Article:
[Agreed, and one of the big principles at work in the "inner" ecology of physiology is homeostasis. We need to build that into our economic design as a working principle to flatten out the sine wave of the business cycle. We're not sure what a "universal" anything is, but if the Golden Rule starts off by extending our self-interest to our whole species now, and then into the future across at least the next millennium, that's a start. And then we can extend it to our neighboring species, starting with the closest by DNA and intelligence, our fellow great apes, and by intelligence alone, the cetaceans (whales-dolphins) and proboscideans (elephants). Many ecological principles, including homeostasis, have gone into the design of an employment-balancing economy that we call timesizing. Note this similar article today -]
    For green patriarch, environmentalism grows out of faith - A spiritual leader calls pollution a sin and a sacrilege, by Robert Worth, NYT, A28.
    With his long white beard, flowing black robes, miter and staff, the Ecumenical Patriarch Bartholomew, the spiritual leader of 200m Orthodox Christians worldwide...in Europe, where he is sometimes called the Green Patriarch...is well-known for his passionate speeches about pollution in the Danube River and the Black Sea.... Yesterday, he brought his message to the U.S. in a speech at the Metropolitan Club in Manhattan.... Environmental activism, the patriarch said...is a natural outgrowth of his role as a religious leader....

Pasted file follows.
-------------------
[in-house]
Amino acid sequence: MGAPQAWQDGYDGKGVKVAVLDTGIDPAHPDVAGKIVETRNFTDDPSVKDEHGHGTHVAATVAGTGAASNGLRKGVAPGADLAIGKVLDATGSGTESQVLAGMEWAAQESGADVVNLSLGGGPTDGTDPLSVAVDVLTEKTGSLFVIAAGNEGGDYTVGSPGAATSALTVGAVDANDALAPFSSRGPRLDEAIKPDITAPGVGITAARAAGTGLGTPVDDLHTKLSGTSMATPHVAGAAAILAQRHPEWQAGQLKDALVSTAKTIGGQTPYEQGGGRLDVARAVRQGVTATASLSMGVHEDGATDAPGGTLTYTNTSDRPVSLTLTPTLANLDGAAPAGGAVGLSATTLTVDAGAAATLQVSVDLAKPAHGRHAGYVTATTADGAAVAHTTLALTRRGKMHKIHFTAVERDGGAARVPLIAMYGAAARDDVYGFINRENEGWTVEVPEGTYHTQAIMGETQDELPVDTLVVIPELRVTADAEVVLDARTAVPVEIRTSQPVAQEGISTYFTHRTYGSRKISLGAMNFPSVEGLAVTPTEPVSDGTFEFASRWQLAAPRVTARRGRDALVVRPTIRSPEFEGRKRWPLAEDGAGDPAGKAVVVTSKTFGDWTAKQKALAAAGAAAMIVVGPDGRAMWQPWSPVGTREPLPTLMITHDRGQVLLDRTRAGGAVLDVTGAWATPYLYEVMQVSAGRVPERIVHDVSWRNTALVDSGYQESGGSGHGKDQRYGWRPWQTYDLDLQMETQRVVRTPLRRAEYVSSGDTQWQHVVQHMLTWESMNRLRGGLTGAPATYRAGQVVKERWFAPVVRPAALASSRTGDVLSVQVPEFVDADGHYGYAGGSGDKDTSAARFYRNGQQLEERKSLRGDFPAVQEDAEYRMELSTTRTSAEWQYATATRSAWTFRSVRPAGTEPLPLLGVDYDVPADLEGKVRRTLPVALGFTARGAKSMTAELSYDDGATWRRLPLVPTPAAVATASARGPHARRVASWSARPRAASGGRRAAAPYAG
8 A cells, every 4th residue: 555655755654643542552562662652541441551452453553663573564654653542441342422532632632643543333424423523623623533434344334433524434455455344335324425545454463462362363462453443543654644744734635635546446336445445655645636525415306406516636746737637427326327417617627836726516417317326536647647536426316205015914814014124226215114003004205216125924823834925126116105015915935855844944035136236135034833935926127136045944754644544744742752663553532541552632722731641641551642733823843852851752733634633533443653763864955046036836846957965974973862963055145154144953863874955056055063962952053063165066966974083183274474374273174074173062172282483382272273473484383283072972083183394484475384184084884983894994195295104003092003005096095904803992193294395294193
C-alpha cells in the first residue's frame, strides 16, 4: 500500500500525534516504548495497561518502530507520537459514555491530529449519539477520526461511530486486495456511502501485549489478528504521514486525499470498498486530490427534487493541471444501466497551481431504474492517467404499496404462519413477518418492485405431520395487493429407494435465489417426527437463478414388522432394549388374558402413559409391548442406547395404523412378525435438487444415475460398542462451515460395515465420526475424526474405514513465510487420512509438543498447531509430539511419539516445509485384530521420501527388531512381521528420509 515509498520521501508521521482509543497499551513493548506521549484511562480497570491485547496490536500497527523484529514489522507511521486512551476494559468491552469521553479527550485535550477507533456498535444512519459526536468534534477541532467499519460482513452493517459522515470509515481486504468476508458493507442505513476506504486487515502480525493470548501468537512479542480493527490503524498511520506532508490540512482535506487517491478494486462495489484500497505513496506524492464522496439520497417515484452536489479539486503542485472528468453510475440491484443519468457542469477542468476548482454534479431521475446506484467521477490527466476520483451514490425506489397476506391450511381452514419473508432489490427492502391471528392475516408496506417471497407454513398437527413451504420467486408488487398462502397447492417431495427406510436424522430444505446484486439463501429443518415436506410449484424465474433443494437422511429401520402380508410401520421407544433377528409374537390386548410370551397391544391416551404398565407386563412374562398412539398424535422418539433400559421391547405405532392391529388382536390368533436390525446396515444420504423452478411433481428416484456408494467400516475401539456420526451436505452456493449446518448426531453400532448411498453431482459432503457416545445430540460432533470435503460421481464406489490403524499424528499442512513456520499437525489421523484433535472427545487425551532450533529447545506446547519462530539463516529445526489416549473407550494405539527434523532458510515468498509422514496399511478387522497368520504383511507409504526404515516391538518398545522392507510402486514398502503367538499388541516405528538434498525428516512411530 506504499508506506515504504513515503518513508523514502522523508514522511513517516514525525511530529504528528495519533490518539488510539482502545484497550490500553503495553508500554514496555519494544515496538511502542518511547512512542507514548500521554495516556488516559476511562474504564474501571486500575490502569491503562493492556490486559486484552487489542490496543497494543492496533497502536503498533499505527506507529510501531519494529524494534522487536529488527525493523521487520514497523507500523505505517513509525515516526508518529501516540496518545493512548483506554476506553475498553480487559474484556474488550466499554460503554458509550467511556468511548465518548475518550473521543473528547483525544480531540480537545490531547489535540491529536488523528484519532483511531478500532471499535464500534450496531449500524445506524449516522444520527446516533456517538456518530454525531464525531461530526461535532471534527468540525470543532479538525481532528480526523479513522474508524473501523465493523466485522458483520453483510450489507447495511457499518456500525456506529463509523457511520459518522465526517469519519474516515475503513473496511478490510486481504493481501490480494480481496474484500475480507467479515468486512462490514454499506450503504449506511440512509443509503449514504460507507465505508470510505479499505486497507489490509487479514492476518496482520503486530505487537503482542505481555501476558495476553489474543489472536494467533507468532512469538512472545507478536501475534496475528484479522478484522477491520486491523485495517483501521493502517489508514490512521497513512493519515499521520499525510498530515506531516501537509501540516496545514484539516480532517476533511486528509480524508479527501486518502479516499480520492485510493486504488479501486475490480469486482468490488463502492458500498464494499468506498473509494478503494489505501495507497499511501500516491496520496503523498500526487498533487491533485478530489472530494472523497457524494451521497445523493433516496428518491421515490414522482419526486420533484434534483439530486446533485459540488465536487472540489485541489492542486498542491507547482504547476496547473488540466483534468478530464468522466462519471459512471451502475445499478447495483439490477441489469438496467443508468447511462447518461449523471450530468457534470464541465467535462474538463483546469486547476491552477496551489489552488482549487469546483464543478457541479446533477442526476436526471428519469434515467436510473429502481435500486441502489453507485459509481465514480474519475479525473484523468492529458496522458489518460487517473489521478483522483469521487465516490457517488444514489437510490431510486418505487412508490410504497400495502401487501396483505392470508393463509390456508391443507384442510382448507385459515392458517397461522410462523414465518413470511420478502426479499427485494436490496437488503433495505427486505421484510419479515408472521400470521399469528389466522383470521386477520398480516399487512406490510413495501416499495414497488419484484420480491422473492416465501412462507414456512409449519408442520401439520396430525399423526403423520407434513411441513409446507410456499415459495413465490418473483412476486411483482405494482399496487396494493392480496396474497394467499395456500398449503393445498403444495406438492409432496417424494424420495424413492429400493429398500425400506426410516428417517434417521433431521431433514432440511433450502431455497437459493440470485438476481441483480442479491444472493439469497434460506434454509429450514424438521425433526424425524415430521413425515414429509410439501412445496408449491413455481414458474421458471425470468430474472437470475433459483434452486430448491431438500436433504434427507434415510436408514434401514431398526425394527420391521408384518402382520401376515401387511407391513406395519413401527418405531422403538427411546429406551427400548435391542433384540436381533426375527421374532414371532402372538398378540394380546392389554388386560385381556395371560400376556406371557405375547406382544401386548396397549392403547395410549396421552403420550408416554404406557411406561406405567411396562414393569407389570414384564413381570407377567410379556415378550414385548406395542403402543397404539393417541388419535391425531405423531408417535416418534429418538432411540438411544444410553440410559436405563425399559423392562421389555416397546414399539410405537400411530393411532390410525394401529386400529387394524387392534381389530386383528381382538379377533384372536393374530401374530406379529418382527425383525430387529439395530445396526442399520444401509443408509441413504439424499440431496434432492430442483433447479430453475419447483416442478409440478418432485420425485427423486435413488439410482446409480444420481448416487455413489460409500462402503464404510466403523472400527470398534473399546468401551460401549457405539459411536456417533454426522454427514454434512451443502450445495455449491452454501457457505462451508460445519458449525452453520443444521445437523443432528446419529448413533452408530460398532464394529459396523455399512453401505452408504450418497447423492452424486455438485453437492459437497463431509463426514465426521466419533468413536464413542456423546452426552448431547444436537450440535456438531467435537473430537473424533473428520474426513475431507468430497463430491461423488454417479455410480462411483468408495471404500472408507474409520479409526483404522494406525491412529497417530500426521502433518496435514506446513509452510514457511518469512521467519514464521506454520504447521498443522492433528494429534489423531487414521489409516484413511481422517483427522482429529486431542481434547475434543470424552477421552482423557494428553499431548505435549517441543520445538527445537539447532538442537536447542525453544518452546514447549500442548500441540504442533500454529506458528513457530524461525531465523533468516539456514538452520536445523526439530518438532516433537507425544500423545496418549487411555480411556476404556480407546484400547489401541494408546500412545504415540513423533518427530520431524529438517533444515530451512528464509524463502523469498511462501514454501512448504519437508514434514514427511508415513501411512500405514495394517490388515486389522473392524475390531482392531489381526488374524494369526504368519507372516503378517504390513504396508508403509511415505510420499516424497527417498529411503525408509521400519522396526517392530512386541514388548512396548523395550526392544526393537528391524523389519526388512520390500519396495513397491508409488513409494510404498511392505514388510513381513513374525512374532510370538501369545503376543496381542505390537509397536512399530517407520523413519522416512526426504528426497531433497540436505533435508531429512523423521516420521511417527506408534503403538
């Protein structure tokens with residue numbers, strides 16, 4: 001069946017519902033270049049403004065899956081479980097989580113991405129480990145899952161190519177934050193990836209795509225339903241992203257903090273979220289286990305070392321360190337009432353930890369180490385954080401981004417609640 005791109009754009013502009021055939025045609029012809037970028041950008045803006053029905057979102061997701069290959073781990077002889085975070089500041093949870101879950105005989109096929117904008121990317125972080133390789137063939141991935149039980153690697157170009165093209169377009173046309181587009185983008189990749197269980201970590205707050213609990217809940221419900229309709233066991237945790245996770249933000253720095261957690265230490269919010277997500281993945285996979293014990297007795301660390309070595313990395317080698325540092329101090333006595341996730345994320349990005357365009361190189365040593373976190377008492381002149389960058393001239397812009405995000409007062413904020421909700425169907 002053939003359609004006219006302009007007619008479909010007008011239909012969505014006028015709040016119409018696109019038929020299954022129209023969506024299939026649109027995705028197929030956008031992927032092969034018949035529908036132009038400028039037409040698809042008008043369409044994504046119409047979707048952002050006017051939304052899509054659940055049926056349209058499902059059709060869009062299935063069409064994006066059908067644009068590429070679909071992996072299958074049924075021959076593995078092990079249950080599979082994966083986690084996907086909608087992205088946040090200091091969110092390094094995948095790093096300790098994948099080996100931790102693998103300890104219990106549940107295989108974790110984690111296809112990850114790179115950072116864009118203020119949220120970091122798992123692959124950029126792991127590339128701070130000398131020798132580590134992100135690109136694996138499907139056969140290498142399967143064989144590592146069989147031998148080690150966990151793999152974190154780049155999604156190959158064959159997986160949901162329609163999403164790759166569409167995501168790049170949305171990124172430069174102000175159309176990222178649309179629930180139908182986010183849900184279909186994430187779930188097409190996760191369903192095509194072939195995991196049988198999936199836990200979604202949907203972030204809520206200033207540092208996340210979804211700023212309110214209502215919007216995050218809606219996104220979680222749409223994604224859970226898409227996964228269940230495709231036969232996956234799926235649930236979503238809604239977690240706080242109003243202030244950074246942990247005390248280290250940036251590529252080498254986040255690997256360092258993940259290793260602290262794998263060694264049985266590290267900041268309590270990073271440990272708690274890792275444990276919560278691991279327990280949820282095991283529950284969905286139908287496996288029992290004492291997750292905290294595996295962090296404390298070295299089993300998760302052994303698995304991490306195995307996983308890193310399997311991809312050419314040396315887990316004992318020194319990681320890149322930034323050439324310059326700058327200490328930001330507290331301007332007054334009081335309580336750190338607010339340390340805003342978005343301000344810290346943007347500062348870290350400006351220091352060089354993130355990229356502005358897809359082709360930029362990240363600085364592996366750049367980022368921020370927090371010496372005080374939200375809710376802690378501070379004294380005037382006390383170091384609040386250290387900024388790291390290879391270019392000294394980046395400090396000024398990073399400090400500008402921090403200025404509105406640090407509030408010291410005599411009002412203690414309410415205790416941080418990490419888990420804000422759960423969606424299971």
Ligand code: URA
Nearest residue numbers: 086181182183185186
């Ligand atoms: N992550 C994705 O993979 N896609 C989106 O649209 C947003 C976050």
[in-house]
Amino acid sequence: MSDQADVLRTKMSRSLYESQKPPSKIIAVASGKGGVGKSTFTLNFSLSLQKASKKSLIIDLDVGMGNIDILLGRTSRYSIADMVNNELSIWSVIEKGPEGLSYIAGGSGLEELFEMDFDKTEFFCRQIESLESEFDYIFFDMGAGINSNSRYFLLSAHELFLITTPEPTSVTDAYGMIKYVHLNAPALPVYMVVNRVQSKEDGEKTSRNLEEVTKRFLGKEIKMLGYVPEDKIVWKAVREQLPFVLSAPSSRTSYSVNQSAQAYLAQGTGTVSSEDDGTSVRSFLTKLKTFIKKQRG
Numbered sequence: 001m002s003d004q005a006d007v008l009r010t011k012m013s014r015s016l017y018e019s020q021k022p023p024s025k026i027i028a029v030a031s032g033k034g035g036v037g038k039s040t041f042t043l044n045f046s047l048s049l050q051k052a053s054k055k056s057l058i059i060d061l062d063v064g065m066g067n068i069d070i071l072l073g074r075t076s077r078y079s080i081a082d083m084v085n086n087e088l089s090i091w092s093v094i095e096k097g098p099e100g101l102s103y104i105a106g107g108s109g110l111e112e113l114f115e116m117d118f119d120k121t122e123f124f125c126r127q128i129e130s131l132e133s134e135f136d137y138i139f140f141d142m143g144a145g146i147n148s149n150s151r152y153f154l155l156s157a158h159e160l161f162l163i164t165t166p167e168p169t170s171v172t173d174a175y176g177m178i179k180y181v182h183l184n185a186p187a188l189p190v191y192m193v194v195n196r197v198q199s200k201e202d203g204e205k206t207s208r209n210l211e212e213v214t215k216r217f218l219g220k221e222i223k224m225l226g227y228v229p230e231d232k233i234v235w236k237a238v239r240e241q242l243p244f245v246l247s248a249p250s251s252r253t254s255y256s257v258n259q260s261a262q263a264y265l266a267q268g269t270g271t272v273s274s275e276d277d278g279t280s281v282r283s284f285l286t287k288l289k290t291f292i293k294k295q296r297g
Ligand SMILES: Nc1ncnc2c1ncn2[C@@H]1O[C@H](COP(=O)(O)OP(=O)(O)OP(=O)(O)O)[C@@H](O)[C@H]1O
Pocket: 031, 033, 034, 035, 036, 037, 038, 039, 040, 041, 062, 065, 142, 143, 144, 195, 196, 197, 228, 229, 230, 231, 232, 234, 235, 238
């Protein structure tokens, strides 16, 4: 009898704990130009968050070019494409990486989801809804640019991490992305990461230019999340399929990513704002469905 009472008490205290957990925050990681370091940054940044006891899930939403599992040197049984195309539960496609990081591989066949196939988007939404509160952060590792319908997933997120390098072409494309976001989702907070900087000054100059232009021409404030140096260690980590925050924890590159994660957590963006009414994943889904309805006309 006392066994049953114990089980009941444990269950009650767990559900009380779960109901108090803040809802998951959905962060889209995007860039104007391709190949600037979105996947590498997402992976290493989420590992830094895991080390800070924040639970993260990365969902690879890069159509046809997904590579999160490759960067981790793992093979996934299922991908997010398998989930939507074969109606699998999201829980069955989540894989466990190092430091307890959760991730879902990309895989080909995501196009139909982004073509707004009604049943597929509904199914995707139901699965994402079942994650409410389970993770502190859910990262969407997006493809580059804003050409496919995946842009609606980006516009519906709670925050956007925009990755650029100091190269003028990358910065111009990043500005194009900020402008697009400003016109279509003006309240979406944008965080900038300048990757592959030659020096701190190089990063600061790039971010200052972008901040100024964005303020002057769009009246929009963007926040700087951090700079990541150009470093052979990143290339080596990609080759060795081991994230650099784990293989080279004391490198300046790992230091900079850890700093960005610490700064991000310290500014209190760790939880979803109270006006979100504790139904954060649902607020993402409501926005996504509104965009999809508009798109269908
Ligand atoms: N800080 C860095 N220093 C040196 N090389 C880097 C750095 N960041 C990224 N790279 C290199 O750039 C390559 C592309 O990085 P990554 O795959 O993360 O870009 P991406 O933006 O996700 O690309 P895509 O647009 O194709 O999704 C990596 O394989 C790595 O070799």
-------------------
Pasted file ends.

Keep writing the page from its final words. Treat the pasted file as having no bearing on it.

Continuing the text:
2. Wider logging ban sought, pointer summary (to A12), NYT, A2.
    The Forest Service recommended that Pres. Clinton expand the scope of a planned initiative by banning virtually all commercial logging from remaining roadless areas of the national forests.
    [And one more environmental item -]

  3. Britain: s-h-h-h-h, Reuters via NYT, A6.
    Queen Elizabeth II has ordered her staff not to carry mobile phones, Buckingham Palace announced. "No one wants phones going off during a banquet," a spokesman said....

  4. Women make gains on corporate ladder, by Kimberly Blanton, Boston Globe, C2.
    ..."In the race for talent, some companies are starting to get it," said Sheila Wellington, president of Catalyst in New York, which released its annual survey of female executives in corporate America. Catalyst found that women make up 12.5% of all Fortune 500 corporate officers, up from 8.7% five years ago; they are 11.7% of all board members, up from 9.5% in 1995.
    Still, only two women are Fortune 500 chief executives: Carleton Fiorina of Hewlett-Packard Co. and Andrea Jung at Avon Products. [And] as women gain status, pay gaps persist: Catalyst said women are [only] 4.1% of top earners in Fortune 500 corporations....

11/13/2000  weekend glimmers -